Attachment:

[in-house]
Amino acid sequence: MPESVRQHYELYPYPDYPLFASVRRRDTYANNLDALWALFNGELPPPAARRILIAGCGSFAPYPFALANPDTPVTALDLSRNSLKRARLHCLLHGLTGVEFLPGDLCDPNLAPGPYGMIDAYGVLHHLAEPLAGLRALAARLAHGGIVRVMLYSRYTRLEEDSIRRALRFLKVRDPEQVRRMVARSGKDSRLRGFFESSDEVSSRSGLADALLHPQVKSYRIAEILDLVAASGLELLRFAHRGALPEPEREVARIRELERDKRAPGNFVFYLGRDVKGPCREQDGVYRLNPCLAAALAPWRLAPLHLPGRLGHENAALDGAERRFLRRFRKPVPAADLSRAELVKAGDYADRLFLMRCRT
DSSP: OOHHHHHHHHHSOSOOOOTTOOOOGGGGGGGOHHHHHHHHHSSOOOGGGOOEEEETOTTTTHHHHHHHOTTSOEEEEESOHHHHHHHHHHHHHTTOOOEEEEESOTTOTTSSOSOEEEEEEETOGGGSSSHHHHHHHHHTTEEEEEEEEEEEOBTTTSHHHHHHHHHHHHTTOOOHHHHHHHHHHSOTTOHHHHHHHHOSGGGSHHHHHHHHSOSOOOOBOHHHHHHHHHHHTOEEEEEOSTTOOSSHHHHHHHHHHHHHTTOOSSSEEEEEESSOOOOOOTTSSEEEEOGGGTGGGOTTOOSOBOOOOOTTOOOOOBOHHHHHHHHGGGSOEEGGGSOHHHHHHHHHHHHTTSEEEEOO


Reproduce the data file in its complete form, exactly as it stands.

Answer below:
[in-house]
Amino acid sequence: MPESVRQHYELYPYPDYPLFASVRRRDTYANNLDALWALFNGELPPPAARRILIAGCGSFAPYPFALANPDTPVTALDLSRNSLKRARLHCLLHGLTGVEFLPGDLCDPNLAPGPYGMIDAYGVLHHLAEPLAGLRALAARLAHGGIVRVMLYSRYTRLEEDSIRRALRFLKVRDPEQVRRMVARSGKDSRLRGFFESSDEVSSRSGLADALLHPQVKSYRIAEILDLVAASGLELLRFAHRGALPEPEREVARIRELERDKRAPGNFVFYLGRDVKGPCREQDGVYRLNPCLAAALAPWRLAPLHLPGRLGHENAALDGAERRFLRRFRKPVPAADLSRAELVKAGDYADRLFLMRCRT
DSSP: OOHHHHHHHHHSOSOOOOTTOOOOGGGGGGGOHHHHHHHHHSSOOOGGGOOEEEETOTTTTHHHHHHHOTTSOEEEEESOHHHHHHHHHHHHHTTOOOEEEEESOTTOTTSSOSOEEEEEEETOGGGSSSHHHHHHHHHTTEEEEEEEEEEEOBTTTSHHHHHHHHHHHHTTOOOHHHHHHHHHHSOTTOHHHHHHHHOSGGGSHHHHHHHHSOSOOOOBOHHHHHHHHHHHTOEEEEEOSTTOOSSHHHHHHHHHHHHHTTOOSSSEEEEEESSOOOOOOTTSSEEEEOGGGTGGGOTTOOSOBOOOOOTTOOOOOBOHHHHHHHHGGGSOEEGGGSOHHHHHHHHHHHHTTSEEEEOO